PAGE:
By: Kenneth Anspach
On December 10, 2011, the U.S. Environmental Protection Agency (USEPA) announced the publication of a 120-page report, which concluded that the process known as “fracking” causes the contamination of water supplies. The study was based on analysis of water from test well sites in Pavillion, Wyoming, and concluded that contaminants, including glycol ethers and at least 10 organic compounds known to be present in fracking fluid, were also found in the groundwater. It further concluded that these chemicals were most likely due to seepage from the gas-drilling process. Michael Ricciardi, Newest EPA Report Confirms Fracking Fluids Contaminating Pavillion, Wyoming Water Supply.
Not only is fracking likely to give rise to coverage issues under environmental and pollution liability policies, it is also creating coverage issues for misrepresentations by shale gas companies in how they report their “proved” gas reserves without drilling to test first. With federal agencies encouraging fracking and the Securities and Exchange Commission (SEC) relaxing the requirements for reporting reserves, some shale gas companies have increased their stated reserves by more than 200 percent. Ian Urbina, “S.E.C. Leads to Worries of Overestimation of Reserves,” N.Y. Times, June 27, 2011, at A12. This practice is known as overbooking, and it “is illegal because it misleads investors trying to assess a company’s strength and banks that use reserves as collateral for loans.” Id. Industry data shows that although some wells are quite productive, they are often encircled by ones that are not economically viable, and the amount of gas produced by the active wells is falling much faster than the shale gas companies initially predicted. Ian Urbina, “Behind Veneer, Doubt on Future of Natural Gas,” N.Y. Times, June 27, 2011, at A1.
If financial institutions bring suit based on the misrepresentation of shale gas reserves, coverage litigation is likely to result. The only known reported decision regarding coverage for the negligent misrepresentation of mineral reserves may be instructive. In Bankers Trust Co. v. Old Republic Insurance Co., 959 F.2d 677 (7th Cir. 1993), the bank sought a declaratory judgment that one of two excess carriers owed coverage under policies issued to a firm of consulting petroleum engineers based on the firm’s negligent appraisal of oil and gas reserves on which the bank relied in extending loans on which it lost $30 million following the borrower’s default. The bank further sought a declaration that a settlement entered into between the insured and the excess carrier was fraudulent. The court reversed the district court’s dismissal of the suit and remanded the case with instructions that the district court consider whether to permit the bank to amend its complaint to allege fraud with particularity.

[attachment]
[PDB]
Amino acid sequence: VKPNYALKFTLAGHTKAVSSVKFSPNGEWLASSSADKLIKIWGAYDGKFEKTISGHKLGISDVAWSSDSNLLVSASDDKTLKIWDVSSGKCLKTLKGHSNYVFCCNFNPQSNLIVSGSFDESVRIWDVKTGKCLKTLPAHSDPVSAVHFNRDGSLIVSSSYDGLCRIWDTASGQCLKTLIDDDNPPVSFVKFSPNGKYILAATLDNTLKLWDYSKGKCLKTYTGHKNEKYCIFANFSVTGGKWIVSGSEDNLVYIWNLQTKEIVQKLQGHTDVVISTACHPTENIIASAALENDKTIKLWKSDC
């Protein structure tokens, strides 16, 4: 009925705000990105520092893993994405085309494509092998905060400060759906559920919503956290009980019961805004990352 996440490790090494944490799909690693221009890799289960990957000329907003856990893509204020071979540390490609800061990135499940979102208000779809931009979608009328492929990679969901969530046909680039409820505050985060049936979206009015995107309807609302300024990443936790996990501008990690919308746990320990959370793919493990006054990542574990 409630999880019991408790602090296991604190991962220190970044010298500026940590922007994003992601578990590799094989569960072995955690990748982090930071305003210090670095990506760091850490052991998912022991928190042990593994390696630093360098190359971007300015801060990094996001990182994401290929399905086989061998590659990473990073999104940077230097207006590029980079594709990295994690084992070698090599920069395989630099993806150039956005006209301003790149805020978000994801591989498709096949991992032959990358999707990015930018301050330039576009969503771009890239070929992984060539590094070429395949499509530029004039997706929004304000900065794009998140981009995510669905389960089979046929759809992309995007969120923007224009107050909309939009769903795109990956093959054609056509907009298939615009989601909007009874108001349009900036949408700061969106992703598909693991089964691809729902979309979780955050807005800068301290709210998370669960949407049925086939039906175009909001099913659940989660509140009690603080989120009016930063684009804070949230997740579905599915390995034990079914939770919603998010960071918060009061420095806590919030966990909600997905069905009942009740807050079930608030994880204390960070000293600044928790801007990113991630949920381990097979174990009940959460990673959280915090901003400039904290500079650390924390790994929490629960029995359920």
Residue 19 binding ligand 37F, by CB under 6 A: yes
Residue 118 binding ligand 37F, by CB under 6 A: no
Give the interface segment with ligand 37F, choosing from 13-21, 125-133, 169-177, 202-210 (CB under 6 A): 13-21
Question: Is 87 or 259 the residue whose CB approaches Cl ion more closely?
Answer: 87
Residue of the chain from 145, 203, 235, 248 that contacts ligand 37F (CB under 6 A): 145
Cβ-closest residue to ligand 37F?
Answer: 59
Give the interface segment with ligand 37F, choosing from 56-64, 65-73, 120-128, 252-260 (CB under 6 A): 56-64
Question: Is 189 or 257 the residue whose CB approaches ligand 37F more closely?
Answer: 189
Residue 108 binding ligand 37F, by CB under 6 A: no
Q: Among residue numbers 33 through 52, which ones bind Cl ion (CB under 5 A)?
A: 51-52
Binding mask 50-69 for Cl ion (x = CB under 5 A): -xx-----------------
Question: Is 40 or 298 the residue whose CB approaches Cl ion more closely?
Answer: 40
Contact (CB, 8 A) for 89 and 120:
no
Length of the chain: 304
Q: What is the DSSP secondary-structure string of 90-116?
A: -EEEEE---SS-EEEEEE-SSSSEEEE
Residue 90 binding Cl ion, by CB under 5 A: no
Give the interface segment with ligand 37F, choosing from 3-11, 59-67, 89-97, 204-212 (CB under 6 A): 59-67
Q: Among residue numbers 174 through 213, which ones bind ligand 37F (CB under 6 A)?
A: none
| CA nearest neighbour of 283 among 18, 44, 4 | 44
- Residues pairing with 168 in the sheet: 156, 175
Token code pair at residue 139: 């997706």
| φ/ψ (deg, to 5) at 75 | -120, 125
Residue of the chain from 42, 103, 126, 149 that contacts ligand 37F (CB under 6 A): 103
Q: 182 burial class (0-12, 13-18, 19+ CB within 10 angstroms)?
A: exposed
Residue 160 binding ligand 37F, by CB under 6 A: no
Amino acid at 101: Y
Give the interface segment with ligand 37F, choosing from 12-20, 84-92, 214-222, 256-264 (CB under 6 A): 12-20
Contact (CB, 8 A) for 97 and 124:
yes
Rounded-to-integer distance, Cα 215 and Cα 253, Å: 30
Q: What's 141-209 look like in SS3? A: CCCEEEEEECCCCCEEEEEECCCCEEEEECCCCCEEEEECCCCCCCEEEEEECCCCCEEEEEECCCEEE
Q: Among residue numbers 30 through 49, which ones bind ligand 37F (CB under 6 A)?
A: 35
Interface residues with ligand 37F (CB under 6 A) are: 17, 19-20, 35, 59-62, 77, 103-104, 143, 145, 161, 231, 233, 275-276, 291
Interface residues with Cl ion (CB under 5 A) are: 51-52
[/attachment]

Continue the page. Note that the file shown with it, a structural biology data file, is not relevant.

The new SEC rules, 17 C.F.R. §§ 210.4–10(a)(17)(18) and (22), provide guidelines governing the types of reserves that may be booked. First, it proved oil and gas reserves are those that can be estimated with reasonable certainty, and they may include areas identified by drilling, as well as adjacent undrilled portions; second, probable reserves are those additional reserves that are less certain to be recovered than proved reserves, but that, together with proved reserves, are as likely as not to be recovered; and third, possible reserves are those additional reserves that are less certain to be recovered than probable reserves. Representations made by shale gas companies regarding reserves based on these rules, where the differences between “proved,” “probable,” and “possible” reserves are based on nuance, are fraught with the potential for negligent error. In such instances, claims brought demonstrating the violation of an administrative rule or regulation inform whether the standard of care has been breached, thereby giving rise to a claim for negligence. Thus, insured shale gas companies can argue that their conduct was merely negligent, and thus covered, rather than fraudulent.